I’ve made a video on how to oxidize, or apply patina, to copper or silver.
The chemical compound used in this video is potassium sulfide, also known as liver of sulfur. In its natural state it’s a solid, like little crumbly pebbles, that can be dissolved in hot water. It’s also sold already in liquid form and also as a gel. I use the liquid version.
I strongly advise the use of gloves, apron and perhaps even a mask when working with this or other chemicals. It’s essential to work in a well ventilated ares because the smell is quite strong and unpleasant and inhalation is not advised as it can cause headaches and dizziness.
The instructions for the liquid liver of sulfur say that you should mix a small amount with hot water, but if you do this the liver of sulfur will be weak and lose its strength quickly, so you can only use it once. It seems quite a waste to me because I tend to work in small batches, so I use it directly from the bottle. This way, whatever is left can be poured back into the bottle for next time.
Instead of heating the solution I’ve learned that heating the metal works just as well. You can place the metal in hot water before dipping it into the liver of sulfur or heat it up with a torch and then applying the liver of sulfur with a paintbrush. The brush technique is particularly useful when you only wish to oxidize certain areas.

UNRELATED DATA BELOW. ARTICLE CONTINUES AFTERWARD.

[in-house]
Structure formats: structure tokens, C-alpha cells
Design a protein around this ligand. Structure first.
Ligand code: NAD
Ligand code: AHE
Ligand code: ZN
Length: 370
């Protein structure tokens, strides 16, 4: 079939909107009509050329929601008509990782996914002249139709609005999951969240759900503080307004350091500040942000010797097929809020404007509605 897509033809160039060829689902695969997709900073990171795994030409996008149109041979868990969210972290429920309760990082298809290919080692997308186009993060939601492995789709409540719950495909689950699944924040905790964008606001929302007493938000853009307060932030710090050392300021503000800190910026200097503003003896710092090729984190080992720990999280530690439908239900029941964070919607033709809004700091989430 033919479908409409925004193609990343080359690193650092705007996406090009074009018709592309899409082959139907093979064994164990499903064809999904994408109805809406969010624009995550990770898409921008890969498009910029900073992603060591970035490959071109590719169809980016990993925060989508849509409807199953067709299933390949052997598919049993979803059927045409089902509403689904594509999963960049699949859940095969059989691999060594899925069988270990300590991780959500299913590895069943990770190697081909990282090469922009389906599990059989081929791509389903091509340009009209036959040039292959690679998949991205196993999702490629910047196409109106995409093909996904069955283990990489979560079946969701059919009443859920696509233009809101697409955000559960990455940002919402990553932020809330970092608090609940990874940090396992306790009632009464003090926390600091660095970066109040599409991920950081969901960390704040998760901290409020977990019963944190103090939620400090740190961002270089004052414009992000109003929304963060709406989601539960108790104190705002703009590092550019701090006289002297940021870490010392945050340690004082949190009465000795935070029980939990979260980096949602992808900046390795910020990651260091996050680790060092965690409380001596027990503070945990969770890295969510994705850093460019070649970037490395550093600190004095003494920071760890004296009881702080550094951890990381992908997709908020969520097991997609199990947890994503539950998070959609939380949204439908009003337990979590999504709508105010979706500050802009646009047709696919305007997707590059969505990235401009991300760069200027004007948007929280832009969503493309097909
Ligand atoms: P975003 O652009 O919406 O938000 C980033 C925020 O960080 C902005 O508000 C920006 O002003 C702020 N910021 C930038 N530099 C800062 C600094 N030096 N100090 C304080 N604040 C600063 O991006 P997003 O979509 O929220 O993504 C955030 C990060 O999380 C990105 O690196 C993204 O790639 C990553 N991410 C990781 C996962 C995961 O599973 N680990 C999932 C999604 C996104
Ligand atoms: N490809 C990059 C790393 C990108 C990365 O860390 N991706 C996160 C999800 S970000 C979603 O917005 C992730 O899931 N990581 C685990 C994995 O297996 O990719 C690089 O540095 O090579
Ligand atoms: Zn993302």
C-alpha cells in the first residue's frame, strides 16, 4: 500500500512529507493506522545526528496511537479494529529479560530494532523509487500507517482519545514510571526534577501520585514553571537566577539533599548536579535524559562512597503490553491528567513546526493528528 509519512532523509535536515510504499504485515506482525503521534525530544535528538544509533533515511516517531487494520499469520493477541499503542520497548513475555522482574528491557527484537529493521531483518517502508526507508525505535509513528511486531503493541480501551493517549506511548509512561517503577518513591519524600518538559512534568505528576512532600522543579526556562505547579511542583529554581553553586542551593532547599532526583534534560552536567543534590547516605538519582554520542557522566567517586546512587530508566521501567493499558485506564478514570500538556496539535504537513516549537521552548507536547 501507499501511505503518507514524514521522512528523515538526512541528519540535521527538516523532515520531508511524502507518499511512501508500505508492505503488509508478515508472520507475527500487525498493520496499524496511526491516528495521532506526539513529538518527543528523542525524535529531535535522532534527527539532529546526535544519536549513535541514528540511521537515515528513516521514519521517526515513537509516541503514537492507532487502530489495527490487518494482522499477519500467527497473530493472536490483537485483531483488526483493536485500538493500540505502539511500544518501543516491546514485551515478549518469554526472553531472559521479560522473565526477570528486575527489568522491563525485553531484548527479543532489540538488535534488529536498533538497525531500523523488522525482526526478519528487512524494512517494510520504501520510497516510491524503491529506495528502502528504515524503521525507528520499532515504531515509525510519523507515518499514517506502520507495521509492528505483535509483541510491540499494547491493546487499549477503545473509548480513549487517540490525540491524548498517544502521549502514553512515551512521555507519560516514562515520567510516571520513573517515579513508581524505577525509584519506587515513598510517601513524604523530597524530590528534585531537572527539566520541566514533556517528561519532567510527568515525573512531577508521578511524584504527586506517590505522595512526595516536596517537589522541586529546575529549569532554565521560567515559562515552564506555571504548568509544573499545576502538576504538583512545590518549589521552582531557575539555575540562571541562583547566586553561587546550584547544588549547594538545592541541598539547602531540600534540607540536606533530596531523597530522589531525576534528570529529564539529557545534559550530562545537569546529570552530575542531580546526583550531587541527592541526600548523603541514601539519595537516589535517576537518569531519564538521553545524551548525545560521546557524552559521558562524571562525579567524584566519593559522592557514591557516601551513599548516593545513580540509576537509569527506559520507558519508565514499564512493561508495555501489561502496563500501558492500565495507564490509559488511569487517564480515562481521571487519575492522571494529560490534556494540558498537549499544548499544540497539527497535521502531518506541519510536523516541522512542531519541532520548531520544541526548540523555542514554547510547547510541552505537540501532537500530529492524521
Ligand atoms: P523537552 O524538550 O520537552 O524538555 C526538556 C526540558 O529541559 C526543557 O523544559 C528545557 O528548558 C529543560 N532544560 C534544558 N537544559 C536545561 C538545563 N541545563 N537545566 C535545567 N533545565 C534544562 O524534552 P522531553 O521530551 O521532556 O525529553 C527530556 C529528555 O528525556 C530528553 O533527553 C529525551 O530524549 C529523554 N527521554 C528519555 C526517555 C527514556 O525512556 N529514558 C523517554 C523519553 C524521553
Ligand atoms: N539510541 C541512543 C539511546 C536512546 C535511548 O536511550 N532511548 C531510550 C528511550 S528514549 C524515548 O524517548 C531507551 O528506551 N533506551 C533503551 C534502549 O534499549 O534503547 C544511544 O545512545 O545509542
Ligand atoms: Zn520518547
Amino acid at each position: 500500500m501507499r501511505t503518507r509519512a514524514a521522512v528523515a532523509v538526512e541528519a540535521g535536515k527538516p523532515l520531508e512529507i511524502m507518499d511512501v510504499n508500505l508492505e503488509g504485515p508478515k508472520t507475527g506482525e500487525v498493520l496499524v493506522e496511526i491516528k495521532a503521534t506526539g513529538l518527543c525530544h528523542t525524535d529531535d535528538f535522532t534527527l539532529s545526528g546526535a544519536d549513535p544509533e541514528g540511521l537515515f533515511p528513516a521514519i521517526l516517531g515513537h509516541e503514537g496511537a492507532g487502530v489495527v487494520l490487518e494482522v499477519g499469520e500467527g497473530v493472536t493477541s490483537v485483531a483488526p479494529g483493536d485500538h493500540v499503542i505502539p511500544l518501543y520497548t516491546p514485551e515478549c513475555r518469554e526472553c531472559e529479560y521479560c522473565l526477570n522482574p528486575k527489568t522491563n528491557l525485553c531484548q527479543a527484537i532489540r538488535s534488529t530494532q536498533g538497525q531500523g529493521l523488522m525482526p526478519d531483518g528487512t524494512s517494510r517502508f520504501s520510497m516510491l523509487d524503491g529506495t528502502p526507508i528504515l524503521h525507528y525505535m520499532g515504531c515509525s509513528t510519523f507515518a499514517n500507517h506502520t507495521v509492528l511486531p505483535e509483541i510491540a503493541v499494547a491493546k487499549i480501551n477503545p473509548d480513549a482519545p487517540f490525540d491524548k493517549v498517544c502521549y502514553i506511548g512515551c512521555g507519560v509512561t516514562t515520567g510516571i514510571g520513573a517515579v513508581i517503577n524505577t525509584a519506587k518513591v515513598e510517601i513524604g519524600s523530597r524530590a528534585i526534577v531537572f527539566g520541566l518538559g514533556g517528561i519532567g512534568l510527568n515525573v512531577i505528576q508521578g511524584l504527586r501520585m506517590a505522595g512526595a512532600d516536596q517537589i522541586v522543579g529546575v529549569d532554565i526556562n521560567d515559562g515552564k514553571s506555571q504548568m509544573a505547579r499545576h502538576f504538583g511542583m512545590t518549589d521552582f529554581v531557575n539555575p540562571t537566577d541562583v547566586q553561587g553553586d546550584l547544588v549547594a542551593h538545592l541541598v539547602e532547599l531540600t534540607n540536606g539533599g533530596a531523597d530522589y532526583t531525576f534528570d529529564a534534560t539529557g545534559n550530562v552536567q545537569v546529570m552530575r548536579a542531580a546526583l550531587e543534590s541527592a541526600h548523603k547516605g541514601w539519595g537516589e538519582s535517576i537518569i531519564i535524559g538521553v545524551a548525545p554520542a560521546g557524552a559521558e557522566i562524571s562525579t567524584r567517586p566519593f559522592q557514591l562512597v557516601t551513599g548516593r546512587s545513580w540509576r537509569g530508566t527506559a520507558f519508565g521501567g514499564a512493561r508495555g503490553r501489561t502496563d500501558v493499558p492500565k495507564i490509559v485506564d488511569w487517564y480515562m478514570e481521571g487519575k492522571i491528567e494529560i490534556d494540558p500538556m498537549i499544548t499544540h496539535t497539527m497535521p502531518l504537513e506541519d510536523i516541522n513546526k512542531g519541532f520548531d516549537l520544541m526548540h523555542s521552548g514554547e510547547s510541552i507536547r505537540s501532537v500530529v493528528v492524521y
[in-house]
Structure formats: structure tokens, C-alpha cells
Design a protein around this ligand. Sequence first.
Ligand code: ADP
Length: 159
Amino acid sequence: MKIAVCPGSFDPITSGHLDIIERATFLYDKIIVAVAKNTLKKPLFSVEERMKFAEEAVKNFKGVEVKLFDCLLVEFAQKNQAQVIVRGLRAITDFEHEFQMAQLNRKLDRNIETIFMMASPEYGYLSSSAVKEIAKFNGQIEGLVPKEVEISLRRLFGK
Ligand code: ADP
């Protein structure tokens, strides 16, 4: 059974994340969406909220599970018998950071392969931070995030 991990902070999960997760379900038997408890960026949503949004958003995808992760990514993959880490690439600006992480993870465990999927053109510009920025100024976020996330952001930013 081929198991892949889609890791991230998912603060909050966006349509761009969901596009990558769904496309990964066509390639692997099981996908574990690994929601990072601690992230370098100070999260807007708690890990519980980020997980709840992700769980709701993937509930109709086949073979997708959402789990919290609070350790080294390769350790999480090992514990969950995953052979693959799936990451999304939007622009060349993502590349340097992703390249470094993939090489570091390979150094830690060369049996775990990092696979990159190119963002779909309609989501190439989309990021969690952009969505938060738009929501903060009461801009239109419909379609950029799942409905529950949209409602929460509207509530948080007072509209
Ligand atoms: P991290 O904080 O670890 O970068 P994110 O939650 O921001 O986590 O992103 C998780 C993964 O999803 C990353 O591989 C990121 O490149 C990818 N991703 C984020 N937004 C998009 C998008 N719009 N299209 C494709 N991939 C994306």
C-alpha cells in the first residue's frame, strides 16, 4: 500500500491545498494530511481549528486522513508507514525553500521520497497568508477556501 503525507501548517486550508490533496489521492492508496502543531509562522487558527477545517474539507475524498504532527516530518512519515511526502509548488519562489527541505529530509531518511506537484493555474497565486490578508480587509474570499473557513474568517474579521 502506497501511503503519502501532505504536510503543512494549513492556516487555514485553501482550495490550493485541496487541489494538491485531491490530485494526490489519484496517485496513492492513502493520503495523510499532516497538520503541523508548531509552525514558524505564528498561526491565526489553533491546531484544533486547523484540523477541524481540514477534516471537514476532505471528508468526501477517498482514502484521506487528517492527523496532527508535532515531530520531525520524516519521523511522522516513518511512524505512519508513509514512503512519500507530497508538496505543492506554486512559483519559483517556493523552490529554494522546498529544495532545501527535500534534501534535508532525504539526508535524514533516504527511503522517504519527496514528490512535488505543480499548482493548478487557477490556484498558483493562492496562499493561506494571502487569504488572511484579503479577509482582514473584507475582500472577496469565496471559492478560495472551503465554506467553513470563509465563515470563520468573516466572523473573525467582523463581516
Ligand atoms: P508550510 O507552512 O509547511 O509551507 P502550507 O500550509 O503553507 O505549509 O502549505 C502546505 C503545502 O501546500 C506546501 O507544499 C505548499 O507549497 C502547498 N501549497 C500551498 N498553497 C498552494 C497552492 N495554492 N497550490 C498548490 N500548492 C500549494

When you remove the metal from the liver of sulfur you should avoid using ferrous utensils, such as iron or steel tweezers or pliers. Liver of sulfur is a corrosive and will cause your tweezers to rust. Instead, try using plastic or brass tweezers.
After removing the metal from the solution you should wash it thoroughly to get rid of any particles that cover the metal so they won’t be released later on, when in contact with the skin. I recommend dipping the metal into a bowl with clean water and two teaspoons of baking soda to stop the chemical reaction and neutralize the liver of sulfur.
You should also add some baking soda (sodium bicarbonate) to leftover solution in order to neutralize it before pouring it down the drain. I usually keep it in a jar for a few days until it goes clear. That way I know it’s no longer active and I can throw it out without damaging any pipes.